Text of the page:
BTW, considering that NVIDIA has had some experience with Maxwell (GM107) and has had lots and lots of experience with 28 NM (3 years worth of experience at least), GM104 and GM106 should be a worth while upgrade. Even if NVIDIA is one year late to the 20 NM party, it won't matter because 20 NM production will be in full swing by then.

pjl321 said:
But if they had other big players paying to use their fabs then it makes financial sense again.
It doesn't. Right now, people in the PC space are ready to buy Intel's GPUs (or their SoCs for Smartphone and Tablets) because their process advantage compensates their architecture disadvantage. If Intel shares their process with NVIDIA or AMD, they lose their business in those markets. The CPU market is declining so it makes no sense for AMD to use Intel's fabs.
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#28
HumanSmoke
pjl321 said:
As for a competition stand point, Intel is not competing in the discrete gaming graphics card world so that shouldn't coming into play.
Not necessarily. Intel's Xeon Phi competes directly with Nvidia's Tesla and to lesser degree AMD's FirePro server boards in the math co-processor (GPGPU) market.
pjl321 said:
Hell, I think it would be really cool if Intel just bought nVidia outright! We would get amazing on board graphics, with excellent drivers and some absolute monstrous discrete graphics chips as everything is in house in the most advanced processes on the planet.
The idea has been raised before, but Intel seems committed to x86. Nvidia's existing IP used in a diminishing number of Intel products might save them a bucks on licenses, but Intel already have a roadmap in place for professional parallelization. Intel have no interest in gaming, have their own baseband IP, and an ARM architectural license. Add in Nvidia's stock buy back program and Nvidia might cost more than it's worth- especially if Jen Hsun required a high profile position at Intel as part of the deal.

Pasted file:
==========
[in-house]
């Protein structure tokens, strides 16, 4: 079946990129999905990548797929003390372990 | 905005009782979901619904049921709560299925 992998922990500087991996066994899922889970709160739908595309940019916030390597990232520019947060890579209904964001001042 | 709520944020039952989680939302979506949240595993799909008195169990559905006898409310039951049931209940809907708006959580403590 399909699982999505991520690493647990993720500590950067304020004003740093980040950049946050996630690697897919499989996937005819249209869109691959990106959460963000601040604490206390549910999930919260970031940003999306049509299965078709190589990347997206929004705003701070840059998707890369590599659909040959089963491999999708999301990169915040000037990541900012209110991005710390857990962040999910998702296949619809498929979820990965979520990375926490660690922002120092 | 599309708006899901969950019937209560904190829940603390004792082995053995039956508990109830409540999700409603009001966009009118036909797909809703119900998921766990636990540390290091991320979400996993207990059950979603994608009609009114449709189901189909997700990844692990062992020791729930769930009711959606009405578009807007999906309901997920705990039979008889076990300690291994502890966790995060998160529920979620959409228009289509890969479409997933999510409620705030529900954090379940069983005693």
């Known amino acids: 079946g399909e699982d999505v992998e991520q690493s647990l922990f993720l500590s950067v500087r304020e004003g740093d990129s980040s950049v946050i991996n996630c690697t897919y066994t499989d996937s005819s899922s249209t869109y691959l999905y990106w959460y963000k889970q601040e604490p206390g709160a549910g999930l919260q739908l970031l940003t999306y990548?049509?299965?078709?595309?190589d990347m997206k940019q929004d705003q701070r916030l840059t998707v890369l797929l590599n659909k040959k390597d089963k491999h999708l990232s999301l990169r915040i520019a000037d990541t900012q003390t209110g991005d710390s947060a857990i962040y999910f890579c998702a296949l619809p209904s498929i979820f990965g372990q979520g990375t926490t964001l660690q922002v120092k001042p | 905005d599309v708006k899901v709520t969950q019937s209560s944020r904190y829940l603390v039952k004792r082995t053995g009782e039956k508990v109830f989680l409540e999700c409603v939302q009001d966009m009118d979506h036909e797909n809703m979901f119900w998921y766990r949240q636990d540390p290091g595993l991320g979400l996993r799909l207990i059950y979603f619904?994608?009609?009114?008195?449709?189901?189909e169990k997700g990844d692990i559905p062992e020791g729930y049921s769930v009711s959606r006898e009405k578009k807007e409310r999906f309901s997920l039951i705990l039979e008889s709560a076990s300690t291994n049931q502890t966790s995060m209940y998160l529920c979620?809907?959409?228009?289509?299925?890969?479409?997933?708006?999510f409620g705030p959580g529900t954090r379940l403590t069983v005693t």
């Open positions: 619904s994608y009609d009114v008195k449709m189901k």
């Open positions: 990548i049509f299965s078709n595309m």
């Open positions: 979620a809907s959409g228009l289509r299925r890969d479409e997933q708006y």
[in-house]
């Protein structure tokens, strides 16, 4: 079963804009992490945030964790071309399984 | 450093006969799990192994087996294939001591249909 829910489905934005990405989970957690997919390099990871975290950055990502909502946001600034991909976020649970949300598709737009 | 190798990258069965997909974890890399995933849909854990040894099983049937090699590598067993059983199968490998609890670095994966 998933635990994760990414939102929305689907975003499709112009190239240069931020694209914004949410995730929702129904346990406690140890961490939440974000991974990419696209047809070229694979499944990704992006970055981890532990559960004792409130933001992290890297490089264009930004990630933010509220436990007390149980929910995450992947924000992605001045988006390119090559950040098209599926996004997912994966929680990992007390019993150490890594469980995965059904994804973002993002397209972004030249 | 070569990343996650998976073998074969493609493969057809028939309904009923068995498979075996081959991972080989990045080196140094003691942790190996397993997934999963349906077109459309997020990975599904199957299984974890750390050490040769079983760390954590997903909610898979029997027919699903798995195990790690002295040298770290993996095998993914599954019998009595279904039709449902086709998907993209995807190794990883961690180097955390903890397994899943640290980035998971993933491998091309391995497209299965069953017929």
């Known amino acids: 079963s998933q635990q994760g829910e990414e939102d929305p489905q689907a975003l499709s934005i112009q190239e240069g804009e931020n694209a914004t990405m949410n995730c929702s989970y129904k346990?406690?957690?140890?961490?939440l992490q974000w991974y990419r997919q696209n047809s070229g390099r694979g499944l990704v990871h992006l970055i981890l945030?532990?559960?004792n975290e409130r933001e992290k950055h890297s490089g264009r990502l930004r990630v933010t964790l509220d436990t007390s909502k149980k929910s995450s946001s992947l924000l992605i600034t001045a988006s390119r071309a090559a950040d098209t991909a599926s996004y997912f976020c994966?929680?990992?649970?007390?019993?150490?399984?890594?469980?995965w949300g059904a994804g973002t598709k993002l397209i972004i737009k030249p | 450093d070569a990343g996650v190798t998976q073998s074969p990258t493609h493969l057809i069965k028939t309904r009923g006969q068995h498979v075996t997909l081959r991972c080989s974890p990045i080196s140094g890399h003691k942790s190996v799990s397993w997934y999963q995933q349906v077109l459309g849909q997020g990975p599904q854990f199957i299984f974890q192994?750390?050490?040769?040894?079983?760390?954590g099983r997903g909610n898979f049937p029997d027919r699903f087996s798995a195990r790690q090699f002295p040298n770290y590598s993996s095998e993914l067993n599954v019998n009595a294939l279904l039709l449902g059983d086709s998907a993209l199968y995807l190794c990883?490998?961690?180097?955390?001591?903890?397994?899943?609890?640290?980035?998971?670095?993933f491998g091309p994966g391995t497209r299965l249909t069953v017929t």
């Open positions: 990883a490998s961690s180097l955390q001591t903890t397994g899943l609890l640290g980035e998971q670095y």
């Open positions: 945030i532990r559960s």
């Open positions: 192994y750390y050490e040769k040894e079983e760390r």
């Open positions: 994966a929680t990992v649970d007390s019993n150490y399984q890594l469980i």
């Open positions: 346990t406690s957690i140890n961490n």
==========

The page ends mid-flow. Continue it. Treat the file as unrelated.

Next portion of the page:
TheBrainyOne said:
Can't take a joke, can you?
Certainly....if they're funny.
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#29
blanarahul
TheBrainyOne said:
I will literally drop a Hydrogen bomb on TSMC's Foundries if even one their spokesperson says, "Moore's Law is still being followed today."
:roll:
Posted on Reply
#31
TheHunter
Its been mentioned 3200cores (more "official"), another leak @ videocardz said 2560 cores with 64rops, both with 256bit bus.
Posted on Reply
#32
MxPhenom 216
Corsair Fanboy
2560 and 64 rops sounds better. Though id like to see 512 bit bus, but with Nvidia GPUs that would be a big die. I can see Nvidia saving it for their GM210, once 20nm available.
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#33
Casecutter
Let's hope they can reduce die-size on these 28Nm Maxwell's and still provide a decent bump in performance, while lowering the price… along with power. If Nvidia doesn't offer a GM204 chip that performs more toward a GTX780 performance, while holding well below $400, does just lower power really justify a move for those with GK104's from considering a change at this point. I mean I can't see GTX770 owners doing the switch if <20% increase for anting up more cash, when IDK say 30%-40% better efficiency? Is this going have the right mix (price/perf/eff) to move Kepler owners?

It would be a super upgrade for the anyone still on a 570-580 Fermi, but even a original GTX680 owner would have a tough call if 20Nm might end up showing a say 14mo from now? Or is 20Nm even future away?
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#34
HumanSmoke
Casecutter said:
If Nvidia doesn't offer a GM204 chip that performs more toward a GTX780 performance, while holding well below $400, does just lower power really justify a move for those with GK104's from considering a change at this point. I mean I can't see GTX770 owners doing the switch if <20% increase for anting up more cash, when IDK say 30%-40% better efficiency? Is this going have the right mix (price/perf/eff) to move Kepler owners?
Depends upon:
1. Pricing of current cards at the time of launch
2. Anything AMD may have as an answer